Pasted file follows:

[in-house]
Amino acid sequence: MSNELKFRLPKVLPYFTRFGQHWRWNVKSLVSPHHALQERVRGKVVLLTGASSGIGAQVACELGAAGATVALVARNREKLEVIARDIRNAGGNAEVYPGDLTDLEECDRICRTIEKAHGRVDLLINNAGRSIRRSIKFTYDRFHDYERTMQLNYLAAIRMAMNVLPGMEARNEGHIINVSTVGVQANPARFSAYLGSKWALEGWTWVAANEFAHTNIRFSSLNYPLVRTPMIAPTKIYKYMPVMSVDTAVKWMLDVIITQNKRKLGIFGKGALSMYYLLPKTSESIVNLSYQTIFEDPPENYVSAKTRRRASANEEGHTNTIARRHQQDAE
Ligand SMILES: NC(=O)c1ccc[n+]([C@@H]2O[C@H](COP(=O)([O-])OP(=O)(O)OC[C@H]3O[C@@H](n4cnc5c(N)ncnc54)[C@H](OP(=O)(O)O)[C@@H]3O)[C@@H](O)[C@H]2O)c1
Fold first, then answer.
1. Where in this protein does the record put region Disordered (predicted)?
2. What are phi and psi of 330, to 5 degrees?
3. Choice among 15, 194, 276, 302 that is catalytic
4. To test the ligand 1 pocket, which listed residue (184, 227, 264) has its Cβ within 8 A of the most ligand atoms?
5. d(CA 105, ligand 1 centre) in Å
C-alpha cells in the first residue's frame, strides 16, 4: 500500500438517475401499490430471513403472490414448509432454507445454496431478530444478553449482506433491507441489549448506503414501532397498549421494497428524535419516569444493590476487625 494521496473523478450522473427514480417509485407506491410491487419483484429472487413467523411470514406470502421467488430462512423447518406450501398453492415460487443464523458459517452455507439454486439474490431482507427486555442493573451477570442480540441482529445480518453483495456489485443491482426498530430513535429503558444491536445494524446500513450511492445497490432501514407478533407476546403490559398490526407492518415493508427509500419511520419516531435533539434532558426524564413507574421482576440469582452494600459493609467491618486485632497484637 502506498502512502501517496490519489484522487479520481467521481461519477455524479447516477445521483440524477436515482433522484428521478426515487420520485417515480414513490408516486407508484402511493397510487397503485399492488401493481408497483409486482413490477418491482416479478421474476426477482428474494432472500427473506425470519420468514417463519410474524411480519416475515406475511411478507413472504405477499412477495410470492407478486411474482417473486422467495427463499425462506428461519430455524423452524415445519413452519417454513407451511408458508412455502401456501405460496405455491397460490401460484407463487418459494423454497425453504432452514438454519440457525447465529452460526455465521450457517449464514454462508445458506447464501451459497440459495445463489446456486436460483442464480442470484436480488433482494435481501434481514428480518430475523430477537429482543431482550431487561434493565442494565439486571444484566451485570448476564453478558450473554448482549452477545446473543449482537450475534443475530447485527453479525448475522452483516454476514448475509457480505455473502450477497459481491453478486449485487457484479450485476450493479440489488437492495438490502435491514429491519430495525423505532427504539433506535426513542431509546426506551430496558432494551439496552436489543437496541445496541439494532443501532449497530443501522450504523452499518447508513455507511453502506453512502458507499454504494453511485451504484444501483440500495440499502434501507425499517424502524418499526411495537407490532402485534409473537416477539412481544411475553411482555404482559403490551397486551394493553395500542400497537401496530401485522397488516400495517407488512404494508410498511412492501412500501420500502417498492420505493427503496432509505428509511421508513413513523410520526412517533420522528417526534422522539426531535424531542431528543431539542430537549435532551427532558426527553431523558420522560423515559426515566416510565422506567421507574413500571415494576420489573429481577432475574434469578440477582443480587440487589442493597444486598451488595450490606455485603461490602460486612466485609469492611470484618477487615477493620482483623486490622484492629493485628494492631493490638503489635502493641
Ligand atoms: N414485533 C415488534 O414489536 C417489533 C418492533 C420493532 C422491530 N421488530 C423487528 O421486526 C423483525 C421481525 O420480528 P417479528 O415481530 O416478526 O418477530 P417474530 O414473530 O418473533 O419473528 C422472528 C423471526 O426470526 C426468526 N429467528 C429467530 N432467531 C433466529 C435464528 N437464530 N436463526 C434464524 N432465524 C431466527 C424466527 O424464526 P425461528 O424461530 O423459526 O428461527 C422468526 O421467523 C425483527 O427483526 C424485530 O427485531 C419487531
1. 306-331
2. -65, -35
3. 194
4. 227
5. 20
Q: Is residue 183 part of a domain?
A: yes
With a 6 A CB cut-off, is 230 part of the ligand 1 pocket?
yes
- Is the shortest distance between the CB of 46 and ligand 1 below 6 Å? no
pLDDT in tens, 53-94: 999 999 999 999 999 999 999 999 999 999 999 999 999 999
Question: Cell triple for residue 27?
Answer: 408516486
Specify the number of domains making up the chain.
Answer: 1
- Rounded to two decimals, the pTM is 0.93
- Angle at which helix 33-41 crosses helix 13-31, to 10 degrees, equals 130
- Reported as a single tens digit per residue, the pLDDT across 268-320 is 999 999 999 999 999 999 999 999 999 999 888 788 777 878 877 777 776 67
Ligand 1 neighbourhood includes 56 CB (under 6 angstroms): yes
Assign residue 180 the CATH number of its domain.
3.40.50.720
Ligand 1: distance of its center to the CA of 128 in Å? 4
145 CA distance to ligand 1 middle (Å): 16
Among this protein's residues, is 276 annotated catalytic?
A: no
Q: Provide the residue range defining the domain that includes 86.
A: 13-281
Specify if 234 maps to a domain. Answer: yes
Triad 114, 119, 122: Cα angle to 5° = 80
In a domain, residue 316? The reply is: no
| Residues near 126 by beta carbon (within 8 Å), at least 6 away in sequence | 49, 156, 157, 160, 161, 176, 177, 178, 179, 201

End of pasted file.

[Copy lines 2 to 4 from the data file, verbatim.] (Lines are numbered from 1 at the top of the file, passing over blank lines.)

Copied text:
Amino acid sequence: MSNELKFRLPKVLPYFTRFGQHWRWNVKSLVSPHHALQERVRGKVVLLTGASSGIGAQVACELGAAGATVALVARNREKLEVIARDIRNAGGNAEVYPGDLTDLEECDRICRTIEKAHGRVDLLINNAGRSIRRSIKFTYDRFHDYERTMQLNYLAAIRMAMNVLPGMEARNEGHIINVSTVGVQANPARFSAYLGSKWALEGWTWVAANEFAHTNIRFSSLNYPLVRTPMIAPTKIYKYMPVMSVDTAVKWMLDVIITQNKRKLGIFGKGALSMYYLLPKTSESIVNLSYQTIFEDPPENYVSAKTRRRASANEEGHTNTIARRHQQDAE
Ligand SMILES: NC(=O)c1ccc[n+]([C@@H]2O[C@H](COP(=O)([O-])OP(=O)(O)OC[C@H]3O[C@@H](n4cnc5c(N)ncnc54)[C@H](OP(=O)(O)O)[C@@H]3O)[C@@H](O)[C@H]2O)c1
Fold first, then answer.